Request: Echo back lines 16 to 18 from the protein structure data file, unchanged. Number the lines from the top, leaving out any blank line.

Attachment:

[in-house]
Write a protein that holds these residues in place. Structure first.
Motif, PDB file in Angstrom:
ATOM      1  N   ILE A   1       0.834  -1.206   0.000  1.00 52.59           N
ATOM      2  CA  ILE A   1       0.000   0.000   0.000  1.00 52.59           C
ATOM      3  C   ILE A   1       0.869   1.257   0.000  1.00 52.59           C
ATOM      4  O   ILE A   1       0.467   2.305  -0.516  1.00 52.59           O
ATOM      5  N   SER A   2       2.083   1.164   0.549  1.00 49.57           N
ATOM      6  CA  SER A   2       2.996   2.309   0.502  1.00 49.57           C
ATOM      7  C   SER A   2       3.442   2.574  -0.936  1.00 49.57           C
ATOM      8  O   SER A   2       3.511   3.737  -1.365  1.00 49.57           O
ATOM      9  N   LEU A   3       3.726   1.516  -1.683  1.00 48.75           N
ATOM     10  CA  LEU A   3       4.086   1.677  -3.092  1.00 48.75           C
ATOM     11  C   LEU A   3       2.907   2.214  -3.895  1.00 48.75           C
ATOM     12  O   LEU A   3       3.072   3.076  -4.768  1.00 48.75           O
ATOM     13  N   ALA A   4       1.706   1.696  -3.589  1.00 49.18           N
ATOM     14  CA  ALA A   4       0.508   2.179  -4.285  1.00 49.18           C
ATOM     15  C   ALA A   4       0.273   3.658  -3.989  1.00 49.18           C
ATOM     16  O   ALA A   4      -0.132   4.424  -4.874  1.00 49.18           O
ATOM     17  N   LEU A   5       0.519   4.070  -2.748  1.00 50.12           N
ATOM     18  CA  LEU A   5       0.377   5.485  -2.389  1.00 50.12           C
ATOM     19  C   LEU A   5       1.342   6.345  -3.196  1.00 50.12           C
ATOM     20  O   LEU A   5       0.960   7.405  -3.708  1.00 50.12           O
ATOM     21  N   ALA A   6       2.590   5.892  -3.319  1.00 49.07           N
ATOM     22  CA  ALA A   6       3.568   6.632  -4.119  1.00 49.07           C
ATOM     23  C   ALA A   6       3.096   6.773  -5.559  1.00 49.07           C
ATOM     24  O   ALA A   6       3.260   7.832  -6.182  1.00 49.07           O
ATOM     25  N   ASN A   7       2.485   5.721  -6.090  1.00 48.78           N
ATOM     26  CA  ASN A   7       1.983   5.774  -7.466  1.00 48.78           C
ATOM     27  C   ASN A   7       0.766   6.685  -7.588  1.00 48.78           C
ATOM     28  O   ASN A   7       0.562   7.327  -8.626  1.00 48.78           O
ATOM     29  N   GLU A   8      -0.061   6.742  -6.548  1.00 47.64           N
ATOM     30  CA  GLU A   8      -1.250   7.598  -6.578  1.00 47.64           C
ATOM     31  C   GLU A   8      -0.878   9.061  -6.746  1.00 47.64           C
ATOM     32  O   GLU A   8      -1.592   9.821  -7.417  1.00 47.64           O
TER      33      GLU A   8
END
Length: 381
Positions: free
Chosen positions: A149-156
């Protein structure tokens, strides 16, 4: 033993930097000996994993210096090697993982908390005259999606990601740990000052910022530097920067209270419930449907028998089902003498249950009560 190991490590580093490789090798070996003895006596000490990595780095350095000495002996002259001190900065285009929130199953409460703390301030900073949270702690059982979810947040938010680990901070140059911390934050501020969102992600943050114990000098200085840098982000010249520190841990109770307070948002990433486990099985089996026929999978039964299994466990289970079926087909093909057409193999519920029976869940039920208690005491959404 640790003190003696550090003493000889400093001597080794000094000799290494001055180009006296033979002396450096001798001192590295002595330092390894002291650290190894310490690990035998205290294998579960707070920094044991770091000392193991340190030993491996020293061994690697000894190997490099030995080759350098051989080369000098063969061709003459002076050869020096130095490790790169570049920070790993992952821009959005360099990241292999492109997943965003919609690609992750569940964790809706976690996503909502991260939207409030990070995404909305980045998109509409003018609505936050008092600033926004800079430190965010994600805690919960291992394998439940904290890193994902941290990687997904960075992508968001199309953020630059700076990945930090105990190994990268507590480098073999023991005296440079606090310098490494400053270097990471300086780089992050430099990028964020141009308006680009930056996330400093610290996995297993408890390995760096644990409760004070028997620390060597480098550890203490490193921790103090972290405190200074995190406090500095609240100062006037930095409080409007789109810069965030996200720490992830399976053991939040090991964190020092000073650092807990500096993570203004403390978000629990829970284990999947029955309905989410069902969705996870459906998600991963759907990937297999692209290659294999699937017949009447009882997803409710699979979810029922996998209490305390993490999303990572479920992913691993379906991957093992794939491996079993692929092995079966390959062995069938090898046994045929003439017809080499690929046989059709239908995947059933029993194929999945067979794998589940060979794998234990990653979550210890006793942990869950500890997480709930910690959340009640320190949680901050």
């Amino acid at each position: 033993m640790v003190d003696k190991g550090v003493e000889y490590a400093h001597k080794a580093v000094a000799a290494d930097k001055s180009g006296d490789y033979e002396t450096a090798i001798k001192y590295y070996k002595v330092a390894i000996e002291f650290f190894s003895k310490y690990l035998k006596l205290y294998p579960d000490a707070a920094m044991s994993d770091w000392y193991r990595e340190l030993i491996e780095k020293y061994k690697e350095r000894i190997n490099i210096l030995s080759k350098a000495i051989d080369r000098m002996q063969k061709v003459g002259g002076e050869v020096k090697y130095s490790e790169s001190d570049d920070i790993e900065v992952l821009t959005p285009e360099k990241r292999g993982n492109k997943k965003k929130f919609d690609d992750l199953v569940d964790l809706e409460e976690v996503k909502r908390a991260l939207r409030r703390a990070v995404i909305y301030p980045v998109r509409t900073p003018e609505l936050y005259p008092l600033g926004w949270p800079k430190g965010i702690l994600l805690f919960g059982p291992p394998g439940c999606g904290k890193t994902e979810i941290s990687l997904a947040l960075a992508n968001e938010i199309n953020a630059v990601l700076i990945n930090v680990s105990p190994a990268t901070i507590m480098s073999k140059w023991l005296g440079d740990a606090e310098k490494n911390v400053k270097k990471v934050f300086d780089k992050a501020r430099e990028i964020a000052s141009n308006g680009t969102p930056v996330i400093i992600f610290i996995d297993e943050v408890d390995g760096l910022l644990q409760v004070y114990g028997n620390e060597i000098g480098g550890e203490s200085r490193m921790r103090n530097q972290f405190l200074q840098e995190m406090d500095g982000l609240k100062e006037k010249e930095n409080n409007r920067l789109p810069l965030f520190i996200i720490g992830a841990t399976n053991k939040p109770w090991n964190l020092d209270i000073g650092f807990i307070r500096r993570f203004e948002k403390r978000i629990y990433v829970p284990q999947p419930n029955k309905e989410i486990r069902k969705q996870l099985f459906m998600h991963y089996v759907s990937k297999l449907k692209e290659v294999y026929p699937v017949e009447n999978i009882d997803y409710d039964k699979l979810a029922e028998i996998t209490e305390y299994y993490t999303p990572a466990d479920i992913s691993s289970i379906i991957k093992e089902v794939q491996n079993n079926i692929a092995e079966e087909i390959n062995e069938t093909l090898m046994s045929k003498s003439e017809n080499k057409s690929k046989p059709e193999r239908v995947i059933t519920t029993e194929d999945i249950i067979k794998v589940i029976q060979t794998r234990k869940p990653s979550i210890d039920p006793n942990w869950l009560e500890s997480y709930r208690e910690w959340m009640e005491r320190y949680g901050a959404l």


ATOM     13  N   ALA A   4       1.706   1.696  -3.589  1.00 49.18           N
ATOM     14  CA  ALA A   4       0.508   2.179  -4.285  1.00 49.18           C
ATOM     15  C   ALA A   4       0.273   3.658  -3.989  1.00 49.18           C